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\begin{document}
\title{Equivalent Variation, Compensating Variation and Hicksian demand}
\author[1]{Lennart Stern}%
\affil[1]{École normale supérieure}%
\vspace{-1em}
\date{\today}
\begingroup
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\sloppy
Resource~:
Consider a consumer who under the status quo faces price vector \(p\)
and has available money \(m\). Suppose there is a reform project that
results in the price vector instead being \(p'\) and in the available
money for the consumer instead being \(m'\). Such a reform project could
be a tax reform. In the example that we will analyze at the end of this
capsule the reform project will involve the introduction of a tax on
petrol.
Approximate duration: 30 minutes
The \textbf{equivalent variation} of a reform project transforming (p,m)
into (p',m') is a change in income that the consumer would be
indifferent about accepting in lieu of the price and income change
induced by the project. In other words, the equivalent variation is the
unique amount of money, denoted by \(\text{EV}\), such that not having
the reform project and instead receiving the transfer payment
\(\text{EV}\) results in the same utility for the consumer as not having
this transfer payment but having the project being implemented. Of
course if \(\text{EV}\) is negative this means that taking away the
amount \(|\text{EV}|\) from the consumer results in the same utility for
the consumer as not having this transfer payment but having the project
being implemented.
Let us denote by \(e(p,u)\) the expenditure function, which gives the
money that the consumer requires in order to be able to reach utility
\(u\). The definition of EV means that if we give the consumer the
amount EV and don't go ahead with the project then he will be able to
reach the same utility level as with the project, i.e. when facing
\((p^{'},m^{'})\). This is equivalent to saying that \(m + EV\) is equal
to the expenditure required to attain the utility \(v(p',m')\). Hence we
have:
\[EV(p,p^{'},m,m^{'}) = e\left( p,v(p',m') \right) - m\]
The \textbf{compensating variation} \(\text{CV}\) of a project
transforming (p,m) into (p',m') is defined to be the amount of money
that if this amount is taken away from the consumer and the project is
implemented then the consumer is indifferent between this situation and
the situation where the project is not implemented and no money is taken
away from the consumer. Of course if \(\text{CV}\) is negative this
means that giving \(|\text{CV}|\) to the consumer whilst having the
project being implemented leaves the consumer indifferent relative to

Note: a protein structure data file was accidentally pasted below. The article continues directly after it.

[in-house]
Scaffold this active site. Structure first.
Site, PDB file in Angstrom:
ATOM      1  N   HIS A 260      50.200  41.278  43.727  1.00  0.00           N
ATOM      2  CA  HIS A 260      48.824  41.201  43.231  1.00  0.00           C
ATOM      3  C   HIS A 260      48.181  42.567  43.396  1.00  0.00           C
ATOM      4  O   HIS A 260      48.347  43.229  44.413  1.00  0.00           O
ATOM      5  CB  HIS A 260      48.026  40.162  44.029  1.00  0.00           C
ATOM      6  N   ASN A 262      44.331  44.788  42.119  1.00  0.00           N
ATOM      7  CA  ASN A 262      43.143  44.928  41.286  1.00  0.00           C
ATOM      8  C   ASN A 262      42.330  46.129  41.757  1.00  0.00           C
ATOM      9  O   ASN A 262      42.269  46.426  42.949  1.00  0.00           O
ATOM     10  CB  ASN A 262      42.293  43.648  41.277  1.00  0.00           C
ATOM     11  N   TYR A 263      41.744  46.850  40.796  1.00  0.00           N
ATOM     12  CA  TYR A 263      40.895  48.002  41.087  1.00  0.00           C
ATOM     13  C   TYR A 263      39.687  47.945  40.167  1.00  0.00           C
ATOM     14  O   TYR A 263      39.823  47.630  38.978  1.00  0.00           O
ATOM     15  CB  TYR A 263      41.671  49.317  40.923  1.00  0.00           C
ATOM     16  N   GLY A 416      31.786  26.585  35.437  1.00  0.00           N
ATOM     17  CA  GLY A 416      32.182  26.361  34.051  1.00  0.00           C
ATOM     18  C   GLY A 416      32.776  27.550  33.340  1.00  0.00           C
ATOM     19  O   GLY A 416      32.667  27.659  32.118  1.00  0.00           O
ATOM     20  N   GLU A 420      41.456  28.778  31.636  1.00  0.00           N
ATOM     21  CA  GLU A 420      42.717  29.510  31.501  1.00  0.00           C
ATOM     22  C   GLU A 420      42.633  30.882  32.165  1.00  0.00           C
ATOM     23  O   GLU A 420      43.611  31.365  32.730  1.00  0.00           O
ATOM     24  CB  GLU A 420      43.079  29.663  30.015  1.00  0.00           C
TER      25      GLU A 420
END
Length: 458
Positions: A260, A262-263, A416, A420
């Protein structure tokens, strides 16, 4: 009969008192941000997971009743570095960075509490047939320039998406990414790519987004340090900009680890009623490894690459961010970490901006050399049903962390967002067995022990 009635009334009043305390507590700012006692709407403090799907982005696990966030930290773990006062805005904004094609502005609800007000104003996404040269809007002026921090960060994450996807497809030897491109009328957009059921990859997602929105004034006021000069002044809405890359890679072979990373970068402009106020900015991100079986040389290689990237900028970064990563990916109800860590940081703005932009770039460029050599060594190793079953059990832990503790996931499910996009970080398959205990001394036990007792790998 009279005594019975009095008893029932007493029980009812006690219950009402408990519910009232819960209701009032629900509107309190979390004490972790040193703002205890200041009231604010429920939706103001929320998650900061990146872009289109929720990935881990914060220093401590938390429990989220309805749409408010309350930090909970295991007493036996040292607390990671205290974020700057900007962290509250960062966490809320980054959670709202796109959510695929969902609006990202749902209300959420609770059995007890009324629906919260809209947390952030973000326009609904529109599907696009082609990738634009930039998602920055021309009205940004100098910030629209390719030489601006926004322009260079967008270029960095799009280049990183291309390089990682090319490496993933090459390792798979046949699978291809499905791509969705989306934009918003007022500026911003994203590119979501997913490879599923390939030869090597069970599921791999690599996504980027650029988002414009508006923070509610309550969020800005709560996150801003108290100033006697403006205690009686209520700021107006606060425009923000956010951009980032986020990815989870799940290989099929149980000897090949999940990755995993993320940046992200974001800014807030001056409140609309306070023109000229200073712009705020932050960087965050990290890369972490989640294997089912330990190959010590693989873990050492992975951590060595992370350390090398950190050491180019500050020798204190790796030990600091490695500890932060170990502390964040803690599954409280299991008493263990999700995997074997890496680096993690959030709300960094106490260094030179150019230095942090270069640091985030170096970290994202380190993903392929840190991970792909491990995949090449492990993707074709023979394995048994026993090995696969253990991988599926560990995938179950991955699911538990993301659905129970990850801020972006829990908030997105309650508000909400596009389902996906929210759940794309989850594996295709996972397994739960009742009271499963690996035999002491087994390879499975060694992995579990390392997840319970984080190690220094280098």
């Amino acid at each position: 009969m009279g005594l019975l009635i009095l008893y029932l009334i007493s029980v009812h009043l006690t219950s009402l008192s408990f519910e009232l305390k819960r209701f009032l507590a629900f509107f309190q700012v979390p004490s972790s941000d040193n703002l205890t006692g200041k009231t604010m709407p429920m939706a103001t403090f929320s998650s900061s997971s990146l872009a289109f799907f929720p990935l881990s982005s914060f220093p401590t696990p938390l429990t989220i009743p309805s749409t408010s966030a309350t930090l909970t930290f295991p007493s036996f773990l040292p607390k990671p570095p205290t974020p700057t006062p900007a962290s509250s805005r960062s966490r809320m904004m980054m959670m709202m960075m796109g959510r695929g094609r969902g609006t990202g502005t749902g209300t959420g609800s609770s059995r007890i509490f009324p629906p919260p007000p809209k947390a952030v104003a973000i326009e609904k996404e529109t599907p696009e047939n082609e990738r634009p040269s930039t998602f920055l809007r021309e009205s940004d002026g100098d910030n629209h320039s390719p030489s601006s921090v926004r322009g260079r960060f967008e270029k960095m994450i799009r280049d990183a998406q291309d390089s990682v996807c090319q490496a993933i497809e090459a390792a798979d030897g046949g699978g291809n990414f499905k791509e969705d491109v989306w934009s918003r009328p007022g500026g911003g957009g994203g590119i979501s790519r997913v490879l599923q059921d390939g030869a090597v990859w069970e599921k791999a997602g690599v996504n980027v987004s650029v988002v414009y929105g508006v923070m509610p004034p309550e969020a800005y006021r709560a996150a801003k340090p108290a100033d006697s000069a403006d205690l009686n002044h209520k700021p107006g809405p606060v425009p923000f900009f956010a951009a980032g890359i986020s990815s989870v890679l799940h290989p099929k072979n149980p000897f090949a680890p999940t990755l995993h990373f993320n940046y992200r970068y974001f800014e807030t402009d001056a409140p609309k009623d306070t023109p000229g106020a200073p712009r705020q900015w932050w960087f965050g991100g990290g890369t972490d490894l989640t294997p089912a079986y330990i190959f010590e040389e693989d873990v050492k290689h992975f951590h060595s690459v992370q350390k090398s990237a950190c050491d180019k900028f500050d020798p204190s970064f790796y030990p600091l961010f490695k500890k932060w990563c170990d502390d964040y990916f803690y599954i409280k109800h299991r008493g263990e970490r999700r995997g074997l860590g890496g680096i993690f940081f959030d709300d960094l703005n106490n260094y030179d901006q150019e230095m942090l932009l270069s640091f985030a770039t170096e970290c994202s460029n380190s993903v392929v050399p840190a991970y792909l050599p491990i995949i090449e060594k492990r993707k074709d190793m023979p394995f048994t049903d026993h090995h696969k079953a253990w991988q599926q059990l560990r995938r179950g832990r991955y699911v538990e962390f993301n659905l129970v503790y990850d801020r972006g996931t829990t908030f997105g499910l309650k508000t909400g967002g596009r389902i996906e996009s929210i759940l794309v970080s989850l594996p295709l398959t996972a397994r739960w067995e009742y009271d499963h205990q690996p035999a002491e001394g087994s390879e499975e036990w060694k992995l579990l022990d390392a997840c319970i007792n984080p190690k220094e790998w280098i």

the situation without the project and without any transfers.
We have that the expenditure required und the new prices \(p'\) to reach
the original utility level \(v(p,m)\) is equal to \(m^{'} - CV\). Hence
we have:
\[e\left( p^{'},v\left( p,m \right) \right) = m^{'} - CV(p,p^{'},m,m^{'})\]
\[\text{CV}(p,p^{'},m,m^{'}) = m^{'} - e\left( p^{'},v\left( p,m \right) \right)\]
References: Varian, Microeconomic Analysis, Chapter 10
\emph{Question 1}
Throughout this capsule we will consider the following problem:
A consumer has quasilinear preferences over two goods~:
\[u\left( x_{1},x_{2} \right) = f\left( x_{1} \right) + x_{2}\]
The consumer maximizes his utility under the budget constraint
\[p_{1}x_{1} + p_{2}x_{2} \leq y\]
Suppose for \((p,y)\) we have an interior solution, as illustrated in
the following diagram:\selectlanguage{english}
\begin{figure}[h!]
\begin{center}
\includegraphics[width=0.70\columnwidth]{figures/image1/image1}
\caption{{Couldn't find a caption, edit here to supply one.%
}}
\end{center}
\end{figure}
Suppose that the corresponding utility is \(u\). What can we infer?
True If \(y^{'} > y\) then \(x_{1}\left( p,y \right) = x_{1}(p,y^{'})\)
False If \(y' > y\) then \(x_{1}\left( p,y \right) > x_{1}(p,y^{'})\)
True If \(u' > u\) then \(h_{1}\left( p,u \right) = h_{1}(p,u^{'})\)
False If \(u' > u\) then \(h_{1}\left( p,u \right) > h_{1}(p,u^{'})\)
\emph{Question 3}
What do we know about \(h_{1}\) from capsule `The Hicksian demand
function'?
True: \(h_{1}\left( p,u \right)\) is decreasing in \(p_{1}\).
False: \(h_{1}\left( p,u \right)\) might not always be decreasing in
\(p_{1}\).
\emph{Question 4}
A useful result is that
\(\text{EV}\left( p_{1},p_{2},p_{1}^{'},\ p_{2},m,m \right) = - \int_{p_{1}}^{p_{1}'}{h_{1}\left( \tilde{p_{1}},p_{2},v(p_{1}^{'},p_{2},m) \right)}d\tilde{p_{1}}\).
It means that the EV for a reform project that only changes the price of good 1, whilst leaving the price of the other good and the consumer's available money unchanged can be calculated as the area under the Hicksian
demand curve with utility level equal to that attained at the new
prices, \(\left( p_{1}^{'},p_{2} \right)\).
In order to prove this result, which of the following two approaches is
fruitful?
False: Differentiating
\(EV\left( p_{1},p_{2},p_{1}^{'},\ p_{2},m,m \right) = e\left( p_{1},p_{2},v\left( p_{1}^{'},p_{2},m \right) \right) - m\)
with respect to \(p_{1}^{'}\)
True: Differentiating
\(EV(p_{1},p_{2},p_{1}^{'},\ p_{2},m,m) = e\left( p_{1},p_{2},v(p_{1}^{'},p_{2},m) \right) - m\)
with respect to \(p_{1}\)
Explanation:
Suppose \(p_{1}\) is changed to \(p_{1}'\), whilst \(m\) and \(p_{2}\)
are left unchanged. One way to write down the equivalent variation
\[V(p_{1},p_{2},p_{1}^{'},\ p_{2},m,m) = e\left( p_{1},p_{2},v(p_{1}^{'},p_{2},m) \right) - m\]
Now let us differentiate with respect to \(p_{1}\):